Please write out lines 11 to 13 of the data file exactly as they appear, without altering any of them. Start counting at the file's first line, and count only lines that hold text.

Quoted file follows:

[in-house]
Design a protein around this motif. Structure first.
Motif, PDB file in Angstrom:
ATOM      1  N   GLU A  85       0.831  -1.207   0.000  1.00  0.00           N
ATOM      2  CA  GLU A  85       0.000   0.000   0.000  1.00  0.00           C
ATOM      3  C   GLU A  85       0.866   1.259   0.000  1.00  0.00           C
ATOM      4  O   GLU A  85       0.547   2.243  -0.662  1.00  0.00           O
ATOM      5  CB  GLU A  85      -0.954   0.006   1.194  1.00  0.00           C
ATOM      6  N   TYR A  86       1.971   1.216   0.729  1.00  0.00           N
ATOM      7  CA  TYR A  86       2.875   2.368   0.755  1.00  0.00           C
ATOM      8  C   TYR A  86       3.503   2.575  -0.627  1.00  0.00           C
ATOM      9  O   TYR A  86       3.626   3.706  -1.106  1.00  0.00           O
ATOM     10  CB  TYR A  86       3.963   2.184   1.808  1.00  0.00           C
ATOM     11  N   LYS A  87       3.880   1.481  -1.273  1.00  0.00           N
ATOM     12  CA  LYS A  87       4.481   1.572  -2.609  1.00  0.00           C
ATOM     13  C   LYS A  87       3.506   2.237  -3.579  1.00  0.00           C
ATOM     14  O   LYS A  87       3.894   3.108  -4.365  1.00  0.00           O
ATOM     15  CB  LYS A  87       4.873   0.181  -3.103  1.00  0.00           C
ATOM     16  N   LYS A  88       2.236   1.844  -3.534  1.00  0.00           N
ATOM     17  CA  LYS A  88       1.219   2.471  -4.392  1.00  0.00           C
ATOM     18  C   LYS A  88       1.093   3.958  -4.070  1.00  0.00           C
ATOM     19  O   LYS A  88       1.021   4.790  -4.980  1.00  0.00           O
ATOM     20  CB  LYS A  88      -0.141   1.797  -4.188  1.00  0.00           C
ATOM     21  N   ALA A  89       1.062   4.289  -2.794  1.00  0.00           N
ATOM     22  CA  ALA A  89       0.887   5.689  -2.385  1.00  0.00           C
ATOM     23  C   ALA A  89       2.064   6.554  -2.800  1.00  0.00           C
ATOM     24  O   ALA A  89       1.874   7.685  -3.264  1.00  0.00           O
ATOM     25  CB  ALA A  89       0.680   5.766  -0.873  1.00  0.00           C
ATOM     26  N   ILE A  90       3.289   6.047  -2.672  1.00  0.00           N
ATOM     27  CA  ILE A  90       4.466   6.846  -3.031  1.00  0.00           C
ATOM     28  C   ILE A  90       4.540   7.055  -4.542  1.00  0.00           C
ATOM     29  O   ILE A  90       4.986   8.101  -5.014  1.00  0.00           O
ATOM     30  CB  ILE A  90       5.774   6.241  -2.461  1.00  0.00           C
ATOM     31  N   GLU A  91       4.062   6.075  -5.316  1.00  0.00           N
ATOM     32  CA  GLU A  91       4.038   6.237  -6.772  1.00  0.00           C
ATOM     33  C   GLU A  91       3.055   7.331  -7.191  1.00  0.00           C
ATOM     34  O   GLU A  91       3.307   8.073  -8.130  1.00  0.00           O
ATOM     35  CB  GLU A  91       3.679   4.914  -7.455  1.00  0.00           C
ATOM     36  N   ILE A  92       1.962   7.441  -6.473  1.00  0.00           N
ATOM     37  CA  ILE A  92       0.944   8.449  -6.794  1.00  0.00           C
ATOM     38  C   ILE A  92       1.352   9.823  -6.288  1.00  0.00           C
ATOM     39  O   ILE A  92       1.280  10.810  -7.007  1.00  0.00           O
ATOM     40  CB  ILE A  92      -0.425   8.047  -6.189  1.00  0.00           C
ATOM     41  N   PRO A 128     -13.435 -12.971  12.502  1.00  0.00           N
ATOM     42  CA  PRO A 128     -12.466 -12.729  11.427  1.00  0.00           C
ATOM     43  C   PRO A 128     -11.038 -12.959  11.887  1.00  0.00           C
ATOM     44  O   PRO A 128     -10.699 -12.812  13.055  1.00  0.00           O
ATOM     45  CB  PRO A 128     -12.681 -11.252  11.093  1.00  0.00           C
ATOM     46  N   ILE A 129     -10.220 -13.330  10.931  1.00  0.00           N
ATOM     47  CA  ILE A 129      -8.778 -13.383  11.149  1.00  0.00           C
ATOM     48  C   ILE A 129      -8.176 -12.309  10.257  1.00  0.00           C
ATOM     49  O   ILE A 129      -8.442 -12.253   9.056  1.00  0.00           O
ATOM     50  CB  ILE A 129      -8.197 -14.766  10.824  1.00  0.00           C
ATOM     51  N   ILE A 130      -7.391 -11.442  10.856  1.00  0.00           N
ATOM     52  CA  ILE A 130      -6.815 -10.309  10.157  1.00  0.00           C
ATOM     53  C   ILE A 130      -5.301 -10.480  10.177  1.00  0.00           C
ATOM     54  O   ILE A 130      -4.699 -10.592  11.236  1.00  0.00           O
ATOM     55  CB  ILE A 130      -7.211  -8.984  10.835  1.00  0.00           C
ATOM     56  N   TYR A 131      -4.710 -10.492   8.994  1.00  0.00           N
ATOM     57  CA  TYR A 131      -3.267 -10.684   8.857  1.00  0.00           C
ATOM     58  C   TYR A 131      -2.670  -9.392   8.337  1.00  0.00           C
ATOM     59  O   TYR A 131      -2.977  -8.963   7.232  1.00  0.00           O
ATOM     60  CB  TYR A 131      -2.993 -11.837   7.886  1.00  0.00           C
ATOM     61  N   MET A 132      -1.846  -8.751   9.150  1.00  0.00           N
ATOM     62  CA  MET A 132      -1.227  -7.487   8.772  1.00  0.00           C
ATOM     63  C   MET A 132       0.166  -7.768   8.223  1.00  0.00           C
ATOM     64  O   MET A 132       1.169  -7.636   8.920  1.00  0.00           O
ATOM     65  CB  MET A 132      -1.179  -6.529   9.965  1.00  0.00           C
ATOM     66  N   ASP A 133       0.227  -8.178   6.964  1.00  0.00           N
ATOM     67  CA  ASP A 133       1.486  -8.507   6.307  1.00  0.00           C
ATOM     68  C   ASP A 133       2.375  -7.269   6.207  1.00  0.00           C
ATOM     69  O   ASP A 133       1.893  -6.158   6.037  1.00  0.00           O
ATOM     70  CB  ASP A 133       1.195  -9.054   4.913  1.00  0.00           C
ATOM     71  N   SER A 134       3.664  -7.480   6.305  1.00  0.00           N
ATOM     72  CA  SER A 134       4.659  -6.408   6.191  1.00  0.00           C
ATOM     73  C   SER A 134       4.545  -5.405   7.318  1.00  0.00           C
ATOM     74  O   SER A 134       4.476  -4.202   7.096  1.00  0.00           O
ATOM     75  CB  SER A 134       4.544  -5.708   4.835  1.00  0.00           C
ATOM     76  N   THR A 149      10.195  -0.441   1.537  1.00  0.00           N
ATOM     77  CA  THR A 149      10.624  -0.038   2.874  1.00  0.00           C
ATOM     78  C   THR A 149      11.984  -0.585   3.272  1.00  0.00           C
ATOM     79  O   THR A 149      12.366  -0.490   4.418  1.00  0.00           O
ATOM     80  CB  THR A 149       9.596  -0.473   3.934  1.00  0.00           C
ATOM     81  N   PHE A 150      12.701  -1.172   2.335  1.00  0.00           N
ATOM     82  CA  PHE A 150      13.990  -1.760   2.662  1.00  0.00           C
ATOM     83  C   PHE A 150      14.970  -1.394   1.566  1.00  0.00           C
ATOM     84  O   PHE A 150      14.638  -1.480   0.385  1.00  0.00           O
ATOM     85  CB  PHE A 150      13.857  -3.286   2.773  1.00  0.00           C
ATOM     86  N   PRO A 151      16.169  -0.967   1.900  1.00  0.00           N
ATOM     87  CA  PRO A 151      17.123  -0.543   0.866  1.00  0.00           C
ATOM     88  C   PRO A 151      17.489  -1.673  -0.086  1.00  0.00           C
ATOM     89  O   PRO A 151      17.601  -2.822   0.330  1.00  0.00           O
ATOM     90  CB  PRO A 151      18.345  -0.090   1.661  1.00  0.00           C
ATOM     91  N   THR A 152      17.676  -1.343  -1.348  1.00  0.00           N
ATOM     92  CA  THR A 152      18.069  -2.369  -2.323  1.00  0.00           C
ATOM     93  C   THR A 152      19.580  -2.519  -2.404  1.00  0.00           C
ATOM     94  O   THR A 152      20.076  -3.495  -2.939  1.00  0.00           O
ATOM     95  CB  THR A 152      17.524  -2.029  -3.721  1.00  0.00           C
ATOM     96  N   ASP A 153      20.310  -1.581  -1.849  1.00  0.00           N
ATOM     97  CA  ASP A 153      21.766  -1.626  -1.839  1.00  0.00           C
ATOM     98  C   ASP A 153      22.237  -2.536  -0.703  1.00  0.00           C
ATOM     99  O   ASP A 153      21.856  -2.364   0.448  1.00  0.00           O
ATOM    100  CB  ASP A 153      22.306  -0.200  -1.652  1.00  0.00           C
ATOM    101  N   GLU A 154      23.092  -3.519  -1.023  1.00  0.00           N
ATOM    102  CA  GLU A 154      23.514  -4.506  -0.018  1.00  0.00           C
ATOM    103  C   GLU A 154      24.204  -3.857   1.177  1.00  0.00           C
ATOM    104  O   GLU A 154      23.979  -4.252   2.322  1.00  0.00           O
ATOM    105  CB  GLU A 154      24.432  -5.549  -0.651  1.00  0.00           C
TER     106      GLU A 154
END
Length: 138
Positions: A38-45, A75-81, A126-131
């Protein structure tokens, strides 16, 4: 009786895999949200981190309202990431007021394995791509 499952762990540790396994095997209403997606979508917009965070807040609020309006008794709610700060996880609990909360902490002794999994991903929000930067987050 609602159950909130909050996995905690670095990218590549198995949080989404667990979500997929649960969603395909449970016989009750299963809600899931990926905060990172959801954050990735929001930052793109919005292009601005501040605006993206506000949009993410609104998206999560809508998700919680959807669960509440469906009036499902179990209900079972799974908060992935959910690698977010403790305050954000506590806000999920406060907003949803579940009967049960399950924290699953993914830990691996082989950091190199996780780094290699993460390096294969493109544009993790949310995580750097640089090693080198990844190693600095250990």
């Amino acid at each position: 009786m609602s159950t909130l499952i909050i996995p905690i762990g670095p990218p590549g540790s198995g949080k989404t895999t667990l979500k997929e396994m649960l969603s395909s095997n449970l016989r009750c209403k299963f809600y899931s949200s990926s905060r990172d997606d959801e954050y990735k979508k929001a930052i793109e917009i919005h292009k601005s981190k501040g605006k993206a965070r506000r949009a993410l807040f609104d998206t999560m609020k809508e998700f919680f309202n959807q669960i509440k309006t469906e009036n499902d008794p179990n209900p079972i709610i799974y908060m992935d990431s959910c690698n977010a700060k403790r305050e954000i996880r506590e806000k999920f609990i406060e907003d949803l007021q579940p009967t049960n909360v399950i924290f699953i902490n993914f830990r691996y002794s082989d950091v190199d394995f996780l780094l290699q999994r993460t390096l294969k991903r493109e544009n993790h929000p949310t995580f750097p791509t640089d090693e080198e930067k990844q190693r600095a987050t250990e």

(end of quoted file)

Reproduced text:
ATOM      8  C   TYR A  86       3.503   2.575  -0.627  1.00  0.00           C
ATOM      9  O   TYR A  86       3.626   3.706  -1.106  1.00  0.00           O
ATOM     10  CB  TYR A  86       3.963   2.184   1.808  1.00  0.00           C